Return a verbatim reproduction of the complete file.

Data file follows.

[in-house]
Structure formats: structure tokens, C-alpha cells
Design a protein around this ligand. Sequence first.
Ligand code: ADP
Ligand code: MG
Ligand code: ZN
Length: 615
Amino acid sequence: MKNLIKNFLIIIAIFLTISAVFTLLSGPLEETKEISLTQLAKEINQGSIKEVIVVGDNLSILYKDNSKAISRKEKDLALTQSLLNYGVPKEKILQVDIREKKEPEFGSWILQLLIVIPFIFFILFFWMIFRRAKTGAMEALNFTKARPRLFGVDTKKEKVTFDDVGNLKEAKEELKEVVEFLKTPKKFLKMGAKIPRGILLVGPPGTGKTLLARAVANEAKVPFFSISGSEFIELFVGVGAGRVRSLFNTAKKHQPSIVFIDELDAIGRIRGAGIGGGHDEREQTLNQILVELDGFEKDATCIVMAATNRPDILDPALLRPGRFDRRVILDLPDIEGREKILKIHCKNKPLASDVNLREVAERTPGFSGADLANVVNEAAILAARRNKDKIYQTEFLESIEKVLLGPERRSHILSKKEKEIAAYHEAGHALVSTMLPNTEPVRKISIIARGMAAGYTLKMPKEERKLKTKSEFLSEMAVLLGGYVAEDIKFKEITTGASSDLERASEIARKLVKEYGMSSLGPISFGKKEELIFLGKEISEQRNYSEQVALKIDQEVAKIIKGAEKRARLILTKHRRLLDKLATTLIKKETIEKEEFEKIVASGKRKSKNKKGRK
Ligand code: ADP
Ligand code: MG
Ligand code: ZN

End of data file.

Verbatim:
[in-house]
Structure formats: structure tokens, C-alpha cells
Design a protein around this ligand. Sequence first.
Ligand code: ADP
Ligand code: MG
Ligand code: ZN
Length: 615
Amino acid sequence: MKNLIKNFLIIIAIFLTISAVFTLLSGPLEETKEISLTQLAKEINQGSIKEVIVVGDNLSILYKDNSKAISRKEKDLALTQSLLNYGVPKEKILQVDIREKKEPEFGSWILQLLIVIPFIFFILFFWMIFRRAKTGAMEALNFTKARPRLFGVDTKKEKVTFDDVGNLKEAKEELKEVVEFLKTPKKFLKMGAKIPRGILLVGPPGTGKTLLARAVANEAKVPFFSISGSEFIELFVGVGAGRVRSLFNTAKKHQPSIVFIDELDAIGRIRGAGIGGGHDEREQTLNQILVELDGFEKDATCIVMAATNRPDILDPALLRPGRFDRRVILDLPDIEGREKILKIHCKNKPLASDVNLREVAERTPGFSGADLANVVNEAAILAARRNKDKIYQTEFLESIEKVLLGPERRSHILSKKEKEIAAYHEAGHALVSTMLPNTEPVRKISIIARGMAAGYTLKMPKEERKLKTKSEFLSEMAVLLGGYVAEDIKFKEITTGASSDLERASEIARKLVKEYGMSSLGPISFGKKEELIFLGKEISEQRNYSEQVALKIDQEVAKIIKGAEKRARLILTKHRRLLDKLATTLIKKETIEKEEFEKIVASGKRKSKNKKGRK
Ligand code: ADP
Ligand code: MG
Ligand code: ZN